HomeENGLISH ARTICLEWhat are Variables in TypeScript and How to Learn TypeScript Variables

What are Variables in TypeScript and How to Learn TypeScript Variables

Welcome to this tutorial on learning variables in TypeScript! Variables are fundamental building blocks of any programming languages, including TypeScript. They allow you to store and manipulate data in your programs. Understanding variables is essential for any aspiring programmer. In this tutorial, I will cover the basics of variables in TypeScript, including how to declaring variables, assigning and uses of variables. By the end of this tutorial, you will have a solid foundation in working with variables in TypeScript and be able to apply your knowledge to write TypeScript programs effectively.

What are variables in TypeScript?

In programming, a variable is a named storage location that holds a value. It acts as a container that allows you to store and manipulate data. Variables are crucial for writing programs that can perform calculations, make decisions, and store information for later use.

How to declaring variables in TypeScript?

Before using a variable in TypeScript, you need to declare it. Declaring a variable means specifying its name and optionally its data type. The syntax for declaring a variable in TypeScript is as follows:

let variableName: dataType;

Here, ‘let’ is a keyword used to declare variables, ‘variableName’ is the name you choose for your variable, and ‘dataType’ represents the type of data the variable will hold.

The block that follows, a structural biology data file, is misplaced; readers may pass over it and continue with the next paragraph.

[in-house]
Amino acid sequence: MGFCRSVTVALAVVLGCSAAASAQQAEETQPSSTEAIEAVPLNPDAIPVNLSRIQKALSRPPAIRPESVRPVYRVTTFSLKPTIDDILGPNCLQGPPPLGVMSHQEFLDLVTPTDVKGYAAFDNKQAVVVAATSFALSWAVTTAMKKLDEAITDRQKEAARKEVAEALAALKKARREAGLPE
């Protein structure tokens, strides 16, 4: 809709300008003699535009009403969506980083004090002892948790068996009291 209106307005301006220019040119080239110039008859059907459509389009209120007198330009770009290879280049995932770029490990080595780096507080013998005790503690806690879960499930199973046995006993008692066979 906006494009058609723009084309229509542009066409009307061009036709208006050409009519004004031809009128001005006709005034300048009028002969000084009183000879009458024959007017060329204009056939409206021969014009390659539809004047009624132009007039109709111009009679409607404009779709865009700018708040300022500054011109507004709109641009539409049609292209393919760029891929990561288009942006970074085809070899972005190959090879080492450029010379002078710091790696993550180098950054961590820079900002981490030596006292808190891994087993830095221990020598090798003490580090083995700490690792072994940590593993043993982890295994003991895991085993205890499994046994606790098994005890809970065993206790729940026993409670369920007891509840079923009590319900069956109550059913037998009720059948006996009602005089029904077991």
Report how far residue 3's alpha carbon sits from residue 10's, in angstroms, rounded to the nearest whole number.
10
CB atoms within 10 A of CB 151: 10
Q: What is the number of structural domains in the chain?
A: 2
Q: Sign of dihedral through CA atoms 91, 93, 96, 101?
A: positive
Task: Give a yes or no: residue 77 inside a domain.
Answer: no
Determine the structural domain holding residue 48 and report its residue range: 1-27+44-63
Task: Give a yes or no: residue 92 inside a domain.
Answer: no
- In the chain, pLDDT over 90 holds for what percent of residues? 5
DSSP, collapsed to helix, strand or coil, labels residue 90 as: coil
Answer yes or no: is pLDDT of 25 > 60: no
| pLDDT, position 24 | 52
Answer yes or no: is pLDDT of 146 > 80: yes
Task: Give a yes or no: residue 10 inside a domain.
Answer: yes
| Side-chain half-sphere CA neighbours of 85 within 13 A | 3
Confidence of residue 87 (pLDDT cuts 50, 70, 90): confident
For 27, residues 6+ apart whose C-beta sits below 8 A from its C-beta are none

Also Read: What is TypeScript and How to Learn TypeScript

How to assigning values to variables in TypeScript?

After declaring a variable, you can assign a value to it using the assignment operator (‘=’). The value assigned must be of the same data type as the variable or a compatible type. The syntax for assigning a value to a variable is as follows:

variableName = value;

How to use Variables in TypeScript?

Once you have declared and assigned a value to a variable, you can use it in your program. Variables can be used in expressions, as arguments to functions, or in any context where a value is expected. For example:

let x: number = 5;
let y: number = 10;
let sum: number = x + y;
console.log("The sum is: " + sum);

In the above code snippet, we declare two variables (‘x’ and ‘y’) and assign them values. We then use these variables to calculate their sum and store it in another variable (‘sum’). Finally, we print the result using ‘console.log()’.

Also Read: How to Improve Your Programming Skills in 2023

How to Learn Variables in TypeScript by solving coding question?

Q1. How to calculate the area of a circle given its radius using TypeScript?


let radius: number = 5;
const pi: number = 3.14;
let area: number = pi * radius * radius;
console.log("The area of the circle is: " + area);


The area of the circle is: 78.5


  • First, we declare a variable named ‘radius’ of type ‘number’ and assign it the value ‘5’, representing the radius of the circle.
  • Then, we declare a constant variable named ‘pi’ of type ‘number’ and assign it the value ‘3.14’, which represents the mathematical constant π (pi).